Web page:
The value of free

The word “free” has many interesting connotations. The concept of being free oneself means very different things to different people; it can refer to freedom of speech, escape from confinement, removal of clothing, etc. However, today I am interested in the use of the word when applied to things.

Everybody likes to think that they might be able to get something for free. The reality of life is generally at variance with this concept. Very rarely is something truly free. The TANSTAAFL [There ain’t no such thing as a free lunch] principle applies. If something is free, there is usually a catch. That catch maybe as simple as a feeling of obligation towards to the donor, but it is a “cost” nevertheless.

An irony is that when people do get something for free, they do not value it. Let’s take the NHS for example. British people will almost all say that they value the service, but there seems to be very little motivation to fight to keep it. I was chatting to a retired doctor recently. She told me that she had had patients who complained at the cost of a prescription, but would cheerfully spend hundreds at the vets over the road on their much-loved pets.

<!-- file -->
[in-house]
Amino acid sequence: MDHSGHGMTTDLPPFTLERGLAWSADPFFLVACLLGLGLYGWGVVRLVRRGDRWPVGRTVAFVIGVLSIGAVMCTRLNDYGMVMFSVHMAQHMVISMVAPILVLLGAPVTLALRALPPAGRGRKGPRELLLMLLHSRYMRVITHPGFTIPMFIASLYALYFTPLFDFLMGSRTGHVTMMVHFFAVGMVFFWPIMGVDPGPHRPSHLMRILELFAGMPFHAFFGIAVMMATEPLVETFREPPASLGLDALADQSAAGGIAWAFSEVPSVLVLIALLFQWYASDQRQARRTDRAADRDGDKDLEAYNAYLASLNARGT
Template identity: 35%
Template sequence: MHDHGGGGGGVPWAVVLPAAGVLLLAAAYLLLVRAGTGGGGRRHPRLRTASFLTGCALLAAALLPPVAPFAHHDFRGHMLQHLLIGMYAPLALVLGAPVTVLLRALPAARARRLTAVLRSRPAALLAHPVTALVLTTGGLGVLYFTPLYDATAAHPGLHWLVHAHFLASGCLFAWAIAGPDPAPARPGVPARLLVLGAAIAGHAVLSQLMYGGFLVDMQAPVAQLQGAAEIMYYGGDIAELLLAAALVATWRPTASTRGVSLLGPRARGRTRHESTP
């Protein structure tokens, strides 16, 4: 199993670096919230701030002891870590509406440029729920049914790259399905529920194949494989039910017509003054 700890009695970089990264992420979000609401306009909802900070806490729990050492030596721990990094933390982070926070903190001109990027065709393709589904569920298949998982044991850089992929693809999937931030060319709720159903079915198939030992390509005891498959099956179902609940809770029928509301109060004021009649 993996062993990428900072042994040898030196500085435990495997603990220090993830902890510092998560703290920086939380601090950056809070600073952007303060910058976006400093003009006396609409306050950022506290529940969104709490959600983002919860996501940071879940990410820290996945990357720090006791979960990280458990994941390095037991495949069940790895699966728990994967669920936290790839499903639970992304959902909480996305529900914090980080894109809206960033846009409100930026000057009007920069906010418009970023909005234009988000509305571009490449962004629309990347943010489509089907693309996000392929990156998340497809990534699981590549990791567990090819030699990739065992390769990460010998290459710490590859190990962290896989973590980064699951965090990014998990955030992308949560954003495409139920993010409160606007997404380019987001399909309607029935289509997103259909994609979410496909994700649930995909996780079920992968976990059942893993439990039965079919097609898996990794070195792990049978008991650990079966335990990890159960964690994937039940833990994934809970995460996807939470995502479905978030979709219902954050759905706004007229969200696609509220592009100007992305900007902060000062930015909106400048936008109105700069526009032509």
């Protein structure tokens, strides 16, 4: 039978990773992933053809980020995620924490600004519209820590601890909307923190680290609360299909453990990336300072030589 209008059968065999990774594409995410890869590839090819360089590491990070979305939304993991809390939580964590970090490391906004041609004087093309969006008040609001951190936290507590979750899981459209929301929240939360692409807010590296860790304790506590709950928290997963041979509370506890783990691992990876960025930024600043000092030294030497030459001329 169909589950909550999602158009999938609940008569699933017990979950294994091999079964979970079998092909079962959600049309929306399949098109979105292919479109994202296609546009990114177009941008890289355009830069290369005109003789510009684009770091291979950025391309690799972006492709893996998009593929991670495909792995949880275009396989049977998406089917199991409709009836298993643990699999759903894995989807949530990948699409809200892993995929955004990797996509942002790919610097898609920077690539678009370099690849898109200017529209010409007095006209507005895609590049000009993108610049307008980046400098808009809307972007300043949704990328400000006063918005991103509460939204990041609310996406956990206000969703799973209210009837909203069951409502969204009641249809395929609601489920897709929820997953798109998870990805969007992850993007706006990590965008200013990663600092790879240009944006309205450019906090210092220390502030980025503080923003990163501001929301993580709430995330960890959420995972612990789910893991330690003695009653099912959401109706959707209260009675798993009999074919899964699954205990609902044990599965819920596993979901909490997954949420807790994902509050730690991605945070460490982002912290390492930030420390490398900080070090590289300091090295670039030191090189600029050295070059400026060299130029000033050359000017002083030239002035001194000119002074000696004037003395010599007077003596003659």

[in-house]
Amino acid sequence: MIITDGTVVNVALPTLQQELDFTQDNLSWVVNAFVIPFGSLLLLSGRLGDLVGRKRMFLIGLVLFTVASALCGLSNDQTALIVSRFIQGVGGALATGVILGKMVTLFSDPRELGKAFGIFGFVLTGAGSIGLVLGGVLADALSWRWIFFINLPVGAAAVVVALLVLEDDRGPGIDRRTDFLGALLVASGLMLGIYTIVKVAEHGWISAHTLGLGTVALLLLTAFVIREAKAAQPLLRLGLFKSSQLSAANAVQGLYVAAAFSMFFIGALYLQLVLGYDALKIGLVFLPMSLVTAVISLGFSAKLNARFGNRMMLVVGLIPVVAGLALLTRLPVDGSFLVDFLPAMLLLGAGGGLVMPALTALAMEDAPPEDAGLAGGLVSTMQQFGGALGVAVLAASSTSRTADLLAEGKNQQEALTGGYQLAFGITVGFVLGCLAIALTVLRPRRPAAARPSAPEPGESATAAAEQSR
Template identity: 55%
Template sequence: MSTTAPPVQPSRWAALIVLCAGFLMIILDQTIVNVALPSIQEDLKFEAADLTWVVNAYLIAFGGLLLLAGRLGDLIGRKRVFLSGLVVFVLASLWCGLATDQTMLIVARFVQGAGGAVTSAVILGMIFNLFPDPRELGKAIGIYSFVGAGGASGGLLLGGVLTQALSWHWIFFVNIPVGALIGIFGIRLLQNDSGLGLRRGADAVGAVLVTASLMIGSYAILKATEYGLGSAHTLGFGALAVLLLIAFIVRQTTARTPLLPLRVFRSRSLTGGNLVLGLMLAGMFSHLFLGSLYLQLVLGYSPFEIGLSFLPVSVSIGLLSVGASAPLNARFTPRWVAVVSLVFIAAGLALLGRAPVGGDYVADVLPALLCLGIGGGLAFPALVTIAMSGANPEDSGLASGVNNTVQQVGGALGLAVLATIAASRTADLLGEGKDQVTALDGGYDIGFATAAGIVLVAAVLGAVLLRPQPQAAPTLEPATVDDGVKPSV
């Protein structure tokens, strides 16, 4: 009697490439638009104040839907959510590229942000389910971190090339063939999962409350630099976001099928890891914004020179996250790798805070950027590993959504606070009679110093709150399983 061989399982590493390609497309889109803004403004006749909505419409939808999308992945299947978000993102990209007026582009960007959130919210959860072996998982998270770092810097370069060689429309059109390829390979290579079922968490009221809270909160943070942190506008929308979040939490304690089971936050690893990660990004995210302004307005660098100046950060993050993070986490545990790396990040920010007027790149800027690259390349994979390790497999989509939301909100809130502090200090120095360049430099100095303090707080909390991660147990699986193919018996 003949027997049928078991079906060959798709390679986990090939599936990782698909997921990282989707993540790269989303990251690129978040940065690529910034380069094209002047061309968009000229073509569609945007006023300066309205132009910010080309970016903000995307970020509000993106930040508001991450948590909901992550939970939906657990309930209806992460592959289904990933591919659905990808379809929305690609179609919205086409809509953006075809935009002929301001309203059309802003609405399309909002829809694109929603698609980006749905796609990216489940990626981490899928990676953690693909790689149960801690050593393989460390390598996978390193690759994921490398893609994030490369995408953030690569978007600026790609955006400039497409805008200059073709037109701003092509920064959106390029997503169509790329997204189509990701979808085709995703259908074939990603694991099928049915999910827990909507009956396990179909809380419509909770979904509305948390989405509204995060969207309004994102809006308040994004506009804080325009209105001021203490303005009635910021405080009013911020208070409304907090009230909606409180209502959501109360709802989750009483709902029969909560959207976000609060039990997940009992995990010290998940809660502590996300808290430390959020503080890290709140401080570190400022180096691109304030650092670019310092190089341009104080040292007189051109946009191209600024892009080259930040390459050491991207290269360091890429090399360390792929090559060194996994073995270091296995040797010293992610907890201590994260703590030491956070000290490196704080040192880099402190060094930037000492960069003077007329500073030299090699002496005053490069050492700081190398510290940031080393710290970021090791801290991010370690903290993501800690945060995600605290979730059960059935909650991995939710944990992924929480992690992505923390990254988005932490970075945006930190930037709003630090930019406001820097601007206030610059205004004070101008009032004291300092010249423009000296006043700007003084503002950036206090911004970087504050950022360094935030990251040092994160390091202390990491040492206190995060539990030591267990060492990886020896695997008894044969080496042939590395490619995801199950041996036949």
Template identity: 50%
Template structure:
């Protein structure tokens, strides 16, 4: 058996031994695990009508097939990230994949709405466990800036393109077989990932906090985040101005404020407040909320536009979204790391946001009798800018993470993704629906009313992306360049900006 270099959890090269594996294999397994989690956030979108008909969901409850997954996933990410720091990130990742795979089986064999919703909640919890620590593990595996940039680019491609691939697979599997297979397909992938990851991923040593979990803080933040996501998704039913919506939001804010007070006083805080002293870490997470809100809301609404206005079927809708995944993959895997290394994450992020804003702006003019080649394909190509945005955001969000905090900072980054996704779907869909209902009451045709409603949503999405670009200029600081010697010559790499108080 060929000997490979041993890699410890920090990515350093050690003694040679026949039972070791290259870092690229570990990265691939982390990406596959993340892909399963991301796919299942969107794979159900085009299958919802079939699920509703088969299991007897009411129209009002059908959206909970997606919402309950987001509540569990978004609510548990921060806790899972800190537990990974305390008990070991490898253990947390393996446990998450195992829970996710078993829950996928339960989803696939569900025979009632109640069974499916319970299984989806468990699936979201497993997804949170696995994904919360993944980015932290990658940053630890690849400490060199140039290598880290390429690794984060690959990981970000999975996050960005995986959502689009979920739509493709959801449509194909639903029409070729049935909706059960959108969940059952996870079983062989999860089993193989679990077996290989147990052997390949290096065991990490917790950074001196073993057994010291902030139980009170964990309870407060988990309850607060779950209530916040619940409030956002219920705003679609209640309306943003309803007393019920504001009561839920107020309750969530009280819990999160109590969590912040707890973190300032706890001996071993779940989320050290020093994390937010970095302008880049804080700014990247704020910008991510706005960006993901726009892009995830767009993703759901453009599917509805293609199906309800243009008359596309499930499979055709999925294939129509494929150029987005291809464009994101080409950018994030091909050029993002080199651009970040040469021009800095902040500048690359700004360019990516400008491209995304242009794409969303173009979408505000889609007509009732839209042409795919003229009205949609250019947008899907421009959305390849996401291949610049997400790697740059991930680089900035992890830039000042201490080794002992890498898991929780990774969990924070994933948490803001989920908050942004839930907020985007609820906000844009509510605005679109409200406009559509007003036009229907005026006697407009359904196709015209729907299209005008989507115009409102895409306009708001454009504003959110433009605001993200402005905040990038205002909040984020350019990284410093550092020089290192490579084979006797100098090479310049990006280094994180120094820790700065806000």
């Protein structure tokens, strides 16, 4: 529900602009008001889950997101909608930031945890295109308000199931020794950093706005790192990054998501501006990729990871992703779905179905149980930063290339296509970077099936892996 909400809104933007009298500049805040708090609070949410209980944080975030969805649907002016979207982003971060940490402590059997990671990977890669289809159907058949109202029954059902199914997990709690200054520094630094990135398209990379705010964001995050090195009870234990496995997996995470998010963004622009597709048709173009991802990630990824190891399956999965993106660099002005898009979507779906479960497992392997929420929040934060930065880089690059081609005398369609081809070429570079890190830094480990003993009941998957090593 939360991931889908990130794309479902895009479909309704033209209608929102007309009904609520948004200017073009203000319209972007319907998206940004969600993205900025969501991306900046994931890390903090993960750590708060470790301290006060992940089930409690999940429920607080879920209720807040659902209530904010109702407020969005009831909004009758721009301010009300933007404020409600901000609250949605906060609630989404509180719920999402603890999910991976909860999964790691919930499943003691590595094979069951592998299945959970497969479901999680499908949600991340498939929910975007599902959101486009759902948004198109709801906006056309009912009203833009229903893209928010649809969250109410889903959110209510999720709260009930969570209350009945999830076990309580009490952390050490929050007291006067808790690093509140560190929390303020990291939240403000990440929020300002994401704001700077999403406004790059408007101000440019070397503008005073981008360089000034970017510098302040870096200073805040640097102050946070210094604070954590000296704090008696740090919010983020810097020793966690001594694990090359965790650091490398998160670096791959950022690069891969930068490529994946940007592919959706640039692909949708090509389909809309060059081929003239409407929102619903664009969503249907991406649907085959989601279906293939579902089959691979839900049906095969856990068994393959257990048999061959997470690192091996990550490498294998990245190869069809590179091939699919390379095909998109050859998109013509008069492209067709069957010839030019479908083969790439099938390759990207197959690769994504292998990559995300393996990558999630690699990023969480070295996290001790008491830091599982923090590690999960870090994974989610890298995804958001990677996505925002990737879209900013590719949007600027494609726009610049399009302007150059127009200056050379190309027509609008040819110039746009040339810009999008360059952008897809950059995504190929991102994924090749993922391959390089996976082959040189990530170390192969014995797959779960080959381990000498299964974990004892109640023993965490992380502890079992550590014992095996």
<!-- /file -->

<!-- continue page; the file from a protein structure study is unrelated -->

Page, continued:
I have a possible solution. Every time you use the NHS - an examination, treatment, prescription etc. - you should get an invoice [already paid, of course] showing you what it cost. The would focus people’s attention!

I have often disposed of unwanted items using Freecycle and the like. But I am amazed at how many people fail to collect the item that they were so keen to acquire. My answer to this is to charge for stuff, even if it is a nominal amount.

Recently, a friend was moving house - down-sizing. He had two, slightly ageing but fully functional TVs to get rid of. He was ready to take them to the tip, but spoke to me first. I said I would re-home them and drove round to collect them. Within a few days, I had sold both. I only made £50. My friend had not expected any money, so, at my suggestion, he nominated a charity to which I could donate. This was a win, win, win, win situation:

  • My friend got rid of his TVs with no guilt
  • Two people got functional TVs at low cost
  • A charity received a donation
  • I got pleasure from making it happen

They do say that no good deed goes unpunished. Since shifting these two TVs, two more friends have told me that they have a TV to get rid of. My new hobby … ?